Rob Ford’s daughter Stephanie remembers her dad, now the ‘mayor of heaven’

News Mar 30, 2016 by David Nickle Etobicoke Guardian

“I know he’s in a better way now, and he’s the mayor of heaven now. I know that he will be with us forever. I love him so much.”

With those words, 10-year-old Stephanie Ford said goodbye to her father, former Mayor Rob Ford, in front of nearly 1,000 of his friends, colleagues, family members and constituents in the heart of St. James Cathedral on King Street.

Ford, 46, died on March 22 after a long battle with cancer.

— InsideToronto (@InsideTOnews) March 30, 2016

And after a two-day visitation at Toronto City Hall, Stephanie, her younger brother Dougie and the close-knit Ford family brought his casket in a procession to the cathedral. Stephanie spoke lovingly of her father, who she described as “a great mayor. He helped a lot of people.

• RELATED: Hundreds of Ford Nation faithful wave flags, sing hymns in honour of late mayor

“He was also an amazing dad. He was so nice to us, but also strict sometimes like a dad should be. He would buy us the best toys and take us to amazing places, but what matters is we were happy together. I remember at the hospital, he smiled at me and he said ‘Stephanie, I might not be here for too much longer’ he said, ‘but I want you to remember I would always love you’.”

Stephanie’s words nearly brought Ford’s outspoken brother Doug Ford to tears as he stood up to eulogize Rob Ford. “I want to start off telling Stephanie that you’ll always be taken care of, always be loved, and you have thousands of people who will love you back and take care of you,” he said.

Doug spoke at length about his brother, who for many years he operated in a political partnership with. In 2010, Doug ran Rob’s mayoral campaign and then joined him on council in Rob’s old Ward 2 seat.

From the front of the church, he sang Rob Ford’s praises, telling stories of his legendary devotion to dealing with constituents’ calls. And he pointed out that Ford had a very broad notion of what a constituent was.

“Rob truly believed he was the mayor of Canada, not the mayor of Toronto,” Doug said. “I walked into his office once and he was talking to a constituent. In Edmonton. I said ‘Rob, now who are you talking to?’ ‘We have a supporter in Edmonton, they have a problem’. I said ‘that’s his problem’, and he said ‘No, I’m going to call the mayor of Edmonton and get him to take care of it’”.

Former Ontario premier Mike Harris started off the eulogies, talking about the unique virtues of Rob, whose father Doug Ford Sr., served in Harris’ first term in power as head of the Progressive Conservative Party, in 1995.

He noted that his words were scant tribute to Rob, compared to the outpouring of grief and support over the past three days.

“The real tribute to Rob wasn’t to have me come up here,” he said. “The real tribute was the line of people who waited in the rain Monday to pay tribute to the man that was in their mind synonymous with Toronto. They all took the time to come together to pay respects and say goodbye. The real tribute was in the humble bungalow whose owner had the sign of Rob Ford for Mayor with the handwritten words, ‘we will miss him.’ Or the local businessman who called Rob about a zoning problem, only to have him show up at his shop so he could better understand the issue. Or the elderly lady who called very early in the morning because the truth is she was lonely and just needed someone to talk to.”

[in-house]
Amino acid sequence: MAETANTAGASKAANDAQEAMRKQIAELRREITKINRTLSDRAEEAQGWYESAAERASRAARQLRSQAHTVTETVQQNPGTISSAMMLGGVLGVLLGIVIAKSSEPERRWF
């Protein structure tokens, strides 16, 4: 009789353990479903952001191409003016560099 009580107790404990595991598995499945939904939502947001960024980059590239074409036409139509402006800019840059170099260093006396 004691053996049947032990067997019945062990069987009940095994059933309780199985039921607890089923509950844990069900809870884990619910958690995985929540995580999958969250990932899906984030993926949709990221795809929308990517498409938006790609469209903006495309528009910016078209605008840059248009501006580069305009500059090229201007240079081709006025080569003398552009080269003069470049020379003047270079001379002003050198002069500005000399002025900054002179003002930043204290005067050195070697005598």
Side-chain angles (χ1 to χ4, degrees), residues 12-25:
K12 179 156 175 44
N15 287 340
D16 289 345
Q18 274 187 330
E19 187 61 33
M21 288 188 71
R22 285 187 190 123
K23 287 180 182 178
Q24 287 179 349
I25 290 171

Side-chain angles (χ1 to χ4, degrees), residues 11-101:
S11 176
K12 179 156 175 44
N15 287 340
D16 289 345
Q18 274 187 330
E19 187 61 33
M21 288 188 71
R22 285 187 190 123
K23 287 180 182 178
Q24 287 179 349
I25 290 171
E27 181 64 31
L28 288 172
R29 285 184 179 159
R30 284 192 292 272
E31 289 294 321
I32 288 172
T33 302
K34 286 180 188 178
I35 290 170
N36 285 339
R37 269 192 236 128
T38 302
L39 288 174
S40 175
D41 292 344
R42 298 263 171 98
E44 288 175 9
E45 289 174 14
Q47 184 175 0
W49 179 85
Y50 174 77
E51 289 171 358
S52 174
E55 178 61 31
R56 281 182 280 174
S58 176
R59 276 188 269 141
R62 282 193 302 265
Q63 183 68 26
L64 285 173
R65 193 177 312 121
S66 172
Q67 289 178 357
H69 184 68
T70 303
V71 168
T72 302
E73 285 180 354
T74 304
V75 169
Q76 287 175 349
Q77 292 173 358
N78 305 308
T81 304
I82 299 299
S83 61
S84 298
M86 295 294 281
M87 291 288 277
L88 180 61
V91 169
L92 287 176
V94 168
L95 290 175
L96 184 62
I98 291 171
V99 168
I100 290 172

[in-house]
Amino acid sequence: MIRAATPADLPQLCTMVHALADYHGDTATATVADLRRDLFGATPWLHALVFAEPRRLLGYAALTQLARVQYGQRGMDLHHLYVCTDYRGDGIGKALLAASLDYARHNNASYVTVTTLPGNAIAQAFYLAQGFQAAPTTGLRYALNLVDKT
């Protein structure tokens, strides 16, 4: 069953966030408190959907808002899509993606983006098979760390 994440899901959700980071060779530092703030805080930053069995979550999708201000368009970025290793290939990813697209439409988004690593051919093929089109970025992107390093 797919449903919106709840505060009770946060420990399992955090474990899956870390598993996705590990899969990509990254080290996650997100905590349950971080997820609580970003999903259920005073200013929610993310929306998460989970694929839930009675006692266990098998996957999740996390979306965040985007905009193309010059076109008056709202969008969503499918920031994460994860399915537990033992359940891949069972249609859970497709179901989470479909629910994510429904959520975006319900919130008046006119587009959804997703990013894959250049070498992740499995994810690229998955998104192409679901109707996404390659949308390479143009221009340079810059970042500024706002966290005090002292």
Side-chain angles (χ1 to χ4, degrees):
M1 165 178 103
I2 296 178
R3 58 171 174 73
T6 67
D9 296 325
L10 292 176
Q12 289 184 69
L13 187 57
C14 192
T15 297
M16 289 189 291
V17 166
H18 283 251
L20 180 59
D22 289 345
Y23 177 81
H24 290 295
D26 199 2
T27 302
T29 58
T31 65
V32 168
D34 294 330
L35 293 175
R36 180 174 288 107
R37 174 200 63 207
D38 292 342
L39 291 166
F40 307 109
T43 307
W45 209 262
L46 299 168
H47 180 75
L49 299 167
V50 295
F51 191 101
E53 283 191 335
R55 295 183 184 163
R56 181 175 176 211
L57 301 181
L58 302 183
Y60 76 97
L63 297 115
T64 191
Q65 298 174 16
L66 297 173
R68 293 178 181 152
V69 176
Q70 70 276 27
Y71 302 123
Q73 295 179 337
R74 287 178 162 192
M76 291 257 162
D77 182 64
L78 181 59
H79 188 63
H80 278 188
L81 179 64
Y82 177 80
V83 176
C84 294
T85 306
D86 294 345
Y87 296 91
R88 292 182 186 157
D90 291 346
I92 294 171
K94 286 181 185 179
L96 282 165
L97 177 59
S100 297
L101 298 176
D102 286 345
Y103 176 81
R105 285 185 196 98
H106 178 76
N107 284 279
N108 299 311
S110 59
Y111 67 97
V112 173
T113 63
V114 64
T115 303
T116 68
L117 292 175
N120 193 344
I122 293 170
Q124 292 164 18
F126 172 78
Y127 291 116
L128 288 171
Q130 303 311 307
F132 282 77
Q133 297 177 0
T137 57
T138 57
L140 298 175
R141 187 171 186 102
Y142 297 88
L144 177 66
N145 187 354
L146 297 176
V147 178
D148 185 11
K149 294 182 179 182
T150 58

Ford was also honored by a Who’s Who of political and business leaders. Ontario Premier Kathleen Wynne, a frequent opponent of the Fords, attended, as did Mayor John Tory and former mayors David Miller and Mel Lastman. Many of Ford’s colleagues on Toronto council were also in attendance, as were business leaders like Porter Airlines owner Bob DeLuce.

Andrew Asbil, Rector of the Cathedral and Dean of Toronto, likened the long goodbye Torontonians afforded the former mayor with the Last Supper, as related in the Book of John – which is related over five chapters.

“There are moments in our lives where we pine to do the same thing we pine to slow everything down, especially in sorrow and tribulation,” he said. “This is such a moment. Over the last few days thousands on thousands of ordinary men and women have taken the time to write words of condolences. Today, thousands have come parading, cramming into this old building, under tents to take a moment to savour and remember.”

Asbil was the only one to reference Ford’s troubles during his tenure as mayor – troubles that included the revelation of drug and alcohol abuse.

“You or I will never have the same notoriety or popularity or household fame as Rob Ford,” he said. “You or I will never have our names uttered around a dinner table, as Rob Ford has. Very few of us know the feeling of living our failings and weaknesses in such a public way as Rob Ford. And very few of us will know what it’s like to experience the love and admiration of what we do, as Rob Ford did.”

Ford was afforded a full Anglican funeral, with Toronto jazz singer Liberty Silver delivering a from-the-heart rendition of Amazing Grace, and the Choir of St. James Cathedral closing out the ceremony with a celestial performance of “Swing Low Sweet Chariot.”

Ford was interred in a private ceremony attended by close family following the funeral.